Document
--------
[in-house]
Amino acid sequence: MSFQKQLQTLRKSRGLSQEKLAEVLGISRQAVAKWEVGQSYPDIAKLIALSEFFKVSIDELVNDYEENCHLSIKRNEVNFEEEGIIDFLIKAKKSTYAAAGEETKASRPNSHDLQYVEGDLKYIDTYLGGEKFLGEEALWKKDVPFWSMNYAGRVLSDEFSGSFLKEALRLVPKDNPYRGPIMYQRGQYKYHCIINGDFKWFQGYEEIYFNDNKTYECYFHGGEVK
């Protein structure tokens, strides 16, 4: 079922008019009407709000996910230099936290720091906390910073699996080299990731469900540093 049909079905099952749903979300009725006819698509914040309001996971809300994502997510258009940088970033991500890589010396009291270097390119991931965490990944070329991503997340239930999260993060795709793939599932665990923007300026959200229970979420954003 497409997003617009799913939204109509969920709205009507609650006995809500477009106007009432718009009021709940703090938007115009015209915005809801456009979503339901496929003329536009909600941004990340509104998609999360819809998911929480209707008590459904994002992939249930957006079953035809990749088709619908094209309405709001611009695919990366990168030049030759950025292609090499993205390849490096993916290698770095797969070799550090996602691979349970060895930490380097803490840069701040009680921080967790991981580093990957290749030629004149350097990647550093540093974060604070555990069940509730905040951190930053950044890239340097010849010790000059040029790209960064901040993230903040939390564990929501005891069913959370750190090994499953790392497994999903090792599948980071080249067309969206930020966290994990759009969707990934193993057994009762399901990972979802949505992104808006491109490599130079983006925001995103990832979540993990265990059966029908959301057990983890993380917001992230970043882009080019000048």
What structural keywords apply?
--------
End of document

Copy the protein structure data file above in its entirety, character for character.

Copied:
[in-house]
Amino acid sequence: MSFQKQLQTLRKSRGLSQEKLAEVLGISRQAVAKWEVGQSYPDIAKLIALSEFFKVSIDELVNDYEENCHLSIKRNEVNFEEEGIIDFLIKAKKSTYAAAGEETKASRPNSHDLQYVEGDLKYIDTYLGGEKFLGEEALWKKDVPFWSMNYAGRVLSDEFSGSFLKEALRLVPKDNPYRGPIMYQRGQYKYHCIINGDFKWFQGYEEIYFNDNKTYECYFHGGEVK
């Protein structure tokens, strides 16, 4: 079922008019009407709000996910230099936290720091906390910073699996080299990731469900540093 049909079905099952749903979300009725006819698509914040309001996971809300994502997510258009940088970033991500890589010396009291270097390119991931965490990944070329991503997340239930999260993060795709793939599932665990923007300026959200229970979420954003 497409997003617009799913939204109509969920709205009507609650006995809500477009106007009432718009009021709940703090938007115009015209915005809801456009979503339901496929003329536009909600941004990340509104998609999360819809998911929480209707008590459904994002992939249930957006079953035809990749088709619908094209309405709001611009695919990366990168030049030759950025292609090499993205390849490096993916290698770095797969070799550090996602691979349970060895930490380097803490840069701040009680921080967790991981580093990957290749030629004149350097990647550093540093974060604070555990069940509730905040951190930053950044890239340097010849010790000059040029790209960064901040993230903040939390564990929501005891069913959370750190090994499953790392497994999903090792599948980071080249067309969206930020966290994990759009969707990934193993057994009762399901990972979802949505992104808006491109490599130079983006925001995103990832979540993990265990059966029908959301057990983890993380917001992230970043882009080019000048």
What structural keywords apply?